I'm absolutely removed from the world at such times...The hours go by without my knowing it. Sitting there I'm wandering in countries I can see every detail of - I'm playing a role in the story I'm reading. I actually feel I'm the characters - I live and breath with them.
The hours go by without my knowing it. Sitting there I'm wandering in countries I can see every detail of--I'm playing a role in the story I'm reading. I actually feel I'm the characters--I live and breathe them.
I suppose she chose me because she knew my name; as I read the alphabet a faint line appeared between her eyebrows, and after making me read most of My First Reader and the stock-market quotations from The Mobile Register aloud, she discovered that I was literate and looked at me with more than faint distaste. Miss Caroline told me to tell my father not to teach me any more, it would interfere with my reading.
No, everybody's gotta learn, nobody's born knowin'. That Walter's as smart as he can be, he just gets held back sometimes because he has to stay out and help his daddy. Nothin's wrong with him. Naw, Jem, I think there's just one kind of folks. Folks.
Now that I was compelled to think about it, reading was something that just came to me, as learning to fasten the seat of my union suit without looking around, or achieving two bows from a snarl of shoelaces.
You got to know your limits. Once is enough, but you got to learn. A little caution never hurt anyone. A good woodsman has only one scar on him. No more, no less.
I go back to the reading room, where I sink down in the sofa and into the world of The Arabian Nights. Slowly, like a movie fadeout, the real world evaporates. I'm alone, inside the world of the story. My favourite feeling in the world.
What does reason know? Reason only knows what it has succeeded in learning...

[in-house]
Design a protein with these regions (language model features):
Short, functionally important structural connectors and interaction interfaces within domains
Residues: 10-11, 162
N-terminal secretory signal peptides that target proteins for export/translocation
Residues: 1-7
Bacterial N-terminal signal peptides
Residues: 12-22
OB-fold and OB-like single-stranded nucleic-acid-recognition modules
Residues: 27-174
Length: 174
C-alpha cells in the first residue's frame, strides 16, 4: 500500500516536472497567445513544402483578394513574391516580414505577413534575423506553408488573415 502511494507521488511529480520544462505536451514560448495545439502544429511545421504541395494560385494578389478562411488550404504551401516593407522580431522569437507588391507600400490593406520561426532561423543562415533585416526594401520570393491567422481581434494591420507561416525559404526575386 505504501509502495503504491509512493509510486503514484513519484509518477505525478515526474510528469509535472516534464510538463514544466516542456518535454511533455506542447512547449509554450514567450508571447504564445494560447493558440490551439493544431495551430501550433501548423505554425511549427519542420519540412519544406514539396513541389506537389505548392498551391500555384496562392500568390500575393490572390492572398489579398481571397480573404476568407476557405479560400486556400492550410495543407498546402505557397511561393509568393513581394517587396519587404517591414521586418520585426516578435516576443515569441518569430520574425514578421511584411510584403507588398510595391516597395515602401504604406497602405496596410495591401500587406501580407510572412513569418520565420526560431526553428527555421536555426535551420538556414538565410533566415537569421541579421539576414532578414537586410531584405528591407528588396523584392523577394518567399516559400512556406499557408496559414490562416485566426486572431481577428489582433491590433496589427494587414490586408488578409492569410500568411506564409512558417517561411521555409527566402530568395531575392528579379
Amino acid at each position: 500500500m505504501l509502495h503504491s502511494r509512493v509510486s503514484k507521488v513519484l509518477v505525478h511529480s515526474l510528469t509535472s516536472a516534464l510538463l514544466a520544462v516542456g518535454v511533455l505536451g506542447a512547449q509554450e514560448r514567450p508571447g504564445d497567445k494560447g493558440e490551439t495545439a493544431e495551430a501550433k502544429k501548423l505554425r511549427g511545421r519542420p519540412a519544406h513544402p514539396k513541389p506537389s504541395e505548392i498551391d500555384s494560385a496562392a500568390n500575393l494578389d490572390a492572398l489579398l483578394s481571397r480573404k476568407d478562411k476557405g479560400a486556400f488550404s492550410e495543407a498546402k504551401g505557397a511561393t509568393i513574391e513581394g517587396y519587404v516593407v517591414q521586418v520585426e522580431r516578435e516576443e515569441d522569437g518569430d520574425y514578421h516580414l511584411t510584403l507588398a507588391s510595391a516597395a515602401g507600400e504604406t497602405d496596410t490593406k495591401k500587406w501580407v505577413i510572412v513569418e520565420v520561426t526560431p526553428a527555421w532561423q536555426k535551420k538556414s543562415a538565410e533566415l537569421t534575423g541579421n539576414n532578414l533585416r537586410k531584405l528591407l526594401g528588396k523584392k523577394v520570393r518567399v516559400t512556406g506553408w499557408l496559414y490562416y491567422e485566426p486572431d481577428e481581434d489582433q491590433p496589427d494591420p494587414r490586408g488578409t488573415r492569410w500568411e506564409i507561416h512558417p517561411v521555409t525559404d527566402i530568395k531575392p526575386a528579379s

Hate not those who reject you, who insult you, who abuse and slander you. Hate not the atheists, the teachers of evil, the materialists--and I mean not only the good ones--for there are many good ones among them, especially in our day--hate not even the wicked ones.
He doesn't have so much learning...or any special education either; he's silent, and he grins at you silently--that's how he gets by.
Learning to love is hard and we pay dearly for it. It takes hard work and a long apprenticeship, for it is not just for a moment that we must learn to love, but forever.
Love is a teacher, but one must know how to acquire it, for it is difficult to acquire, it is dearly bought, by long work over a long time, for one ought to love not for a chance moment but for all time. Anyone, even a wicked man, can love by chance.
Schoolboys are a merciless race, individually they are angels, but together, especially in schools, they are often merciless.
She began to study with a teacher of teachers, whom they brought for that purpose from the city of Mompox, and who died unexpectedly two weeks later, and she continued for several years with the best musician at the seminary, whose gravedigger's breath distorted her arpeggios.
He died that day because his body had served its purpose. His soul had done what it came to do, learned what it came to learn, and then was free to leave.
My soul has learned what it came to learn, and all the other things are just things. We can't have everything we want. Sometimes, we simply have to believe.